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Covestro: New PC Blend for Liquid Cooled Modules in EVBPs & more at ANTEC® 2018

Published on 2018-05-14. Author : SpecialChem

TAGS:  New Energy Solutions     Electrical & Electronics    

Battery Packs for EVs
Battery Packs for EVs
ANTEC® 2018, produced by the Society of Plastics Engineers, is one of the plastics industry’s largest technical conferences. From May 7-10, in Orlando, Florida, Covestro experts shared their knowledge of plastic materials and applications.

Covestro's Plastics Prowess at SPE’s ANTEC®


Effect of Rapid Heating Cooling Molding on Polycarbonate-based Material Properties


Jessica Boyer, application development engineer, Polycarbonates, Covestro LLC, presented: “The Effect of Rapid Heating Cooling Molding on Polycarbonate-Based Material Properties”.

Boyer shared results from a comprehensive study that compares conventional injection molding (CIM) and rapid heating cooling molding (RHCM) by examining the physical properties of parts produced using polycarbonate and polycarbonate blends. She discussed how, when using these materials, RHCM technology has been shown to enhance surface appearance of the final part, while increasing weld-line strength and flow length during the injection molding process.

New Resin for Liquid Cooled Modules in Electric Vehicle Battery Packs (EVBPs)


Rudy Gorny, senior principal scientist, Covestro LLC, presented “New Resin for Liquid Cooled Modules in Electric Vehicle Battery Packs (EVBPs).”

During his presentation, Gorny discussed how a new polycarbonate blend from Covestro can be used for liquid cooled modules in EVBPs. These components undergo rapid charging and discharging, generating large amounts of heat. Pumping coolant directly through molded-in cooling channels inside the battery module is a more cost-effective approach but requires a flame-retardant resin with high hydrolytic stability. Gorny shared test results that demonstrate how this new polycarbonate blend can meet the needs of liquid cooled EVBPs.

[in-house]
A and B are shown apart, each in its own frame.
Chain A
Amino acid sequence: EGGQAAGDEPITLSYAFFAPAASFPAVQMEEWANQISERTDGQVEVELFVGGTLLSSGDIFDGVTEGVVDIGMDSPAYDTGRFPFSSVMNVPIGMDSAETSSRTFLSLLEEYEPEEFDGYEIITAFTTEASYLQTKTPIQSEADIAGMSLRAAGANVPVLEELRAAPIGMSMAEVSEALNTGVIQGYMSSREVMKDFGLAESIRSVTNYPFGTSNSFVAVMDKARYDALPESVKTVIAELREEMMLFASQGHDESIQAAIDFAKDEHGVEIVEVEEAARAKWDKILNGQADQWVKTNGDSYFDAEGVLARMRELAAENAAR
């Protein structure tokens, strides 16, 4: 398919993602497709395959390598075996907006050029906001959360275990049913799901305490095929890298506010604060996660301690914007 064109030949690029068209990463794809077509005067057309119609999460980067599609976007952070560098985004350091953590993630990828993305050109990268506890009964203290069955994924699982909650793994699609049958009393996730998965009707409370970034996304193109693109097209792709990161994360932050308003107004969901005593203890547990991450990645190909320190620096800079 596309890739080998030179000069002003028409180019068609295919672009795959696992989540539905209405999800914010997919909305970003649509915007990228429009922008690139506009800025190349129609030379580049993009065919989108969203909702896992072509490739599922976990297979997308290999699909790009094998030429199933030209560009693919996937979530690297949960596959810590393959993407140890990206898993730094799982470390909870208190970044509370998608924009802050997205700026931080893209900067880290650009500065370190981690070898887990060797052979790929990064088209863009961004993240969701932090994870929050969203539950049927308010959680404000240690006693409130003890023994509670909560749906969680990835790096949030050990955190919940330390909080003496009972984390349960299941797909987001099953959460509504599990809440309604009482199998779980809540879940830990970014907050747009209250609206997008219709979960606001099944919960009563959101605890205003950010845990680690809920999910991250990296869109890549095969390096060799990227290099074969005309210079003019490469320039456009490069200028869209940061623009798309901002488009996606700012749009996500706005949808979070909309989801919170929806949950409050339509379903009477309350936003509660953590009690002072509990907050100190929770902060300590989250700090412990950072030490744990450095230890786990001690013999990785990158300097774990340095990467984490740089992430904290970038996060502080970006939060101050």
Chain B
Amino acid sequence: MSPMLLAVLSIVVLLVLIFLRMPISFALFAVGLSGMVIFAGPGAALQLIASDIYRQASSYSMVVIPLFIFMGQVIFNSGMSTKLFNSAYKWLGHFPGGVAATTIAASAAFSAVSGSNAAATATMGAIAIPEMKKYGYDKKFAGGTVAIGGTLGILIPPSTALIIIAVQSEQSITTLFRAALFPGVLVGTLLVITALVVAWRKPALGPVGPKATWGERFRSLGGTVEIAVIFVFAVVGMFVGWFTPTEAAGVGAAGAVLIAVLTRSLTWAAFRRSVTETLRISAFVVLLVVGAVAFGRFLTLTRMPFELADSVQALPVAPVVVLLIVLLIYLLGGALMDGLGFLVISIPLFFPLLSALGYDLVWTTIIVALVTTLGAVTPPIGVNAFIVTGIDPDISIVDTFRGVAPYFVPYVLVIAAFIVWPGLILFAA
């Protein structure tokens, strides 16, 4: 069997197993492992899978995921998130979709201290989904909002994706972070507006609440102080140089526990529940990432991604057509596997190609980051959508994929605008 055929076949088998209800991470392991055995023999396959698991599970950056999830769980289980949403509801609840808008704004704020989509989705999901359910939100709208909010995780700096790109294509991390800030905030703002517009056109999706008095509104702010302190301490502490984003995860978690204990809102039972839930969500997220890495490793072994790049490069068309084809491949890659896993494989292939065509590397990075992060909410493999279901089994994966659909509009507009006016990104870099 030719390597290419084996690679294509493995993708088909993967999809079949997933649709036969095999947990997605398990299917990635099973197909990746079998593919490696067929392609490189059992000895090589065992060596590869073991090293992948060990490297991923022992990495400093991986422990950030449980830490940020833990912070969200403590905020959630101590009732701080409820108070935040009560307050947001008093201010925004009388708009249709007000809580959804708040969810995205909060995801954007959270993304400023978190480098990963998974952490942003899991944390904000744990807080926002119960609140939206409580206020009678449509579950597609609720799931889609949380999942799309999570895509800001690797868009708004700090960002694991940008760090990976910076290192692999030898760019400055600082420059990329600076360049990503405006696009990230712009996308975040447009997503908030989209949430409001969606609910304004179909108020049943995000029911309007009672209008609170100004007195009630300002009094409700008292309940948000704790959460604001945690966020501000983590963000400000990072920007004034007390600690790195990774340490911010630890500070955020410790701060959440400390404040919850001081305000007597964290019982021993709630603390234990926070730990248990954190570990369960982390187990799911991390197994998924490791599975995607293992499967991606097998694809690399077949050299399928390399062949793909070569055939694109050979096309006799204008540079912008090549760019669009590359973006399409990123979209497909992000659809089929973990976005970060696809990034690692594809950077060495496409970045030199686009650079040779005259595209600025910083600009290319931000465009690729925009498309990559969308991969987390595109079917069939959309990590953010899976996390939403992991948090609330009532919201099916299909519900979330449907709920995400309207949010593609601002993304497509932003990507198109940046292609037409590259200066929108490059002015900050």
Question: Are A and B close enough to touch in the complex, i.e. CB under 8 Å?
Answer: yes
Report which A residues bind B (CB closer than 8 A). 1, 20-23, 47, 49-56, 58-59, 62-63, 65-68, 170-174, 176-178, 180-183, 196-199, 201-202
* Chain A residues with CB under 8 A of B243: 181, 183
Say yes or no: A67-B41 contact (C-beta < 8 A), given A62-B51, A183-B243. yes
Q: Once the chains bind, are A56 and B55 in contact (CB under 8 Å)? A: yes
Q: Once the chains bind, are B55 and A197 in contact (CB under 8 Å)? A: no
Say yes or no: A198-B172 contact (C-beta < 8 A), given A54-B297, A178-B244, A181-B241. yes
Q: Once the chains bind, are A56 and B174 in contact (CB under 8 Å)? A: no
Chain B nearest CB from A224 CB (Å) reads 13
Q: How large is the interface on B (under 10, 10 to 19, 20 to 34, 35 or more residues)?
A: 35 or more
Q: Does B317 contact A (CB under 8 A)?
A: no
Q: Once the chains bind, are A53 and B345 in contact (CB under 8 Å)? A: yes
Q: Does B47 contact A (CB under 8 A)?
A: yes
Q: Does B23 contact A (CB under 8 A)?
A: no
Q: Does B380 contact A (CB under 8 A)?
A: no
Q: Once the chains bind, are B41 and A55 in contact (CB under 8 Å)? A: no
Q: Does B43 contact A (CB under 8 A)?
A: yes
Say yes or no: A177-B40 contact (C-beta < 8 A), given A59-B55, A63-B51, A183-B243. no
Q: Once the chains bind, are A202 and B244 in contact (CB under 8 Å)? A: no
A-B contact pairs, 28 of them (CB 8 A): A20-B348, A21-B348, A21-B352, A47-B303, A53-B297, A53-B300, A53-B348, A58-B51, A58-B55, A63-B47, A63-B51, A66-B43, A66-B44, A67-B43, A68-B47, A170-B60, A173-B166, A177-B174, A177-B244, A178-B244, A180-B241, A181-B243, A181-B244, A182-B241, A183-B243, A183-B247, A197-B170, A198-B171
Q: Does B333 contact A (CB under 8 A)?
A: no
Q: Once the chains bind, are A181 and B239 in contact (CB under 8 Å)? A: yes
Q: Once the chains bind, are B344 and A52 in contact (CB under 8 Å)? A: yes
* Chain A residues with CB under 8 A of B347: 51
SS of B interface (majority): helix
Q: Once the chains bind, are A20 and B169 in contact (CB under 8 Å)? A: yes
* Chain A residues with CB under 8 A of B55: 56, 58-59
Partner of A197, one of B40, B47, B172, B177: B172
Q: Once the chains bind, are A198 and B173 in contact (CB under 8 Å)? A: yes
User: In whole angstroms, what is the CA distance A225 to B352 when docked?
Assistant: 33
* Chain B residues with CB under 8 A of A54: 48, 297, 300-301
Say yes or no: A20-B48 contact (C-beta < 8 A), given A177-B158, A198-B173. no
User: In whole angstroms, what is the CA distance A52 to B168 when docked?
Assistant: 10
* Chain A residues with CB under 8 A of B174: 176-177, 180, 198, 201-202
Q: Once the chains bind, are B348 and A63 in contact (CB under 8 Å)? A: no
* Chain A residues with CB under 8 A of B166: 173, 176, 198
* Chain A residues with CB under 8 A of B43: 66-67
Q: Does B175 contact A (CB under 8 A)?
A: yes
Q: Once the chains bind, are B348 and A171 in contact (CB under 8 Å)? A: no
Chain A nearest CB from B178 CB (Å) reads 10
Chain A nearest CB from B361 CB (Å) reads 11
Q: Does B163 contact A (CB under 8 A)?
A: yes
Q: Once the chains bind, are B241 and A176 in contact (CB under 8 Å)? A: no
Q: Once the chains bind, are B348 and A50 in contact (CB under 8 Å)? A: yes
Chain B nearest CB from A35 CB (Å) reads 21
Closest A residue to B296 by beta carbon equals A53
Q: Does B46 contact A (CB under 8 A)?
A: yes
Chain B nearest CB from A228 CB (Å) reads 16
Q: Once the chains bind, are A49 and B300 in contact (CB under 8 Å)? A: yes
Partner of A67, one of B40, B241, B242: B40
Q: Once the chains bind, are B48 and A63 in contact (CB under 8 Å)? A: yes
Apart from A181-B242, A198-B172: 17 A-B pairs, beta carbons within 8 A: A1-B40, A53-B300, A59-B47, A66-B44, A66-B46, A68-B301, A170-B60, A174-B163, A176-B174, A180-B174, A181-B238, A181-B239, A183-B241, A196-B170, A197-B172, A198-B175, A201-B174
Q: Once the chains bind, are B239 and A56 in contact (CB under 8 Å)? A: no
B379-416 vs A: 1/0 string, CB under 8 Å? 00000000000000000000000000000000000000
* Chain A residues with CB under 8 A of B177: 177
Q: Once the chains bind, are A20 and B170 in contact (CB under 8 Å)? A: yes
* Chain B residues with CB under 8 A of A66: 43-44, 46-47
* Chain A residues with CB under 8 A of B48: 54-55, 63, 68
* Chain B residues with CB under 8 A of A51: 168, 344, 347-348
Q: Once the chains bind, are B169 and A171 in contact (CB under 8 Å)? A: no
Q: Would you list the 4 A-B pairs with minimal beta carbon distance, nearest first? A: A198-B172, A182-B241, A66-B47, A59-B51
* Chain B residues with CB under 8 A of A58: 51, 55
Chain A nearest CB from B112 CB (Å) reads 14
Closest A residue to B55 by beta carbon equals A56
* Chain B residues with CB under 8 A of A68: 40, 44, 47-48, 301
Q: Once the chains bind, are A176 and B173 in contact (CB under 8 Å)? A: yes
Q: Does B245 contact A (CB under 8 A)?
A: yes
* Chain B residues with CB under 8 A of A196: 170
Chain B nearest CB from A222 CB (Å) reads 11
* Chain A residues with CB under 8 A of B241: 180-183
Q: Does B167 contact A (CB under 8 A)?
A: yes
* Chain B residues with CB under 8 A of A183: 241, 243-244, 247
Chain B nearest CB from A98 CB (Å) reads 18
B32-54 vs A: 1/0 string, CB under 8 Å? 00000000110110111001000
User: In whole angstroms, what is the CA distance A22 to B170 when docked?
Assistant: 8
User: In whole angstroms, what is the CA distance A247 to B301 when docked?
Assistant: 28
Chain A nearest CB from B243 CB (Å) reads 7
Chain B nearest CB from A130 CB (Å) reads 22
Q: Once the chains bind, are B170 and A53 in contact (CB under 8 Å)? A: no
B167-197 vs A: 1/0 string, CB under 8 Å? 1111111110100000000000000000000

Accounting for Differences in Modulus and Stress Relaxation Behavior in Plastics Undergoing Chemical Resistance Testing


Mark Yeager, field engineering manager, Covestro LLC, presented “Accounting for Differences in Modulus and Stress Relaxation Behavior in Plastics Undergoing Chemical Resistance Testing”.

Yeager discussed how chemical resistance testing via strain fixtures ranks resistance based on the maximum strain at which the plastic can resist an applied strain without loss of mechanical integrity or appearance. While this comparison works well for materials within a family of plastics, such as unfilled polycarbonates, it can be misleading when comparing materials that differ in stiffness and stress relaxation properties. In this presentation, Yeager covered how manufacturers can adjust for these differences to yield a more realistic chemical resistance ranking for most applications.


Source: Covestro LLC
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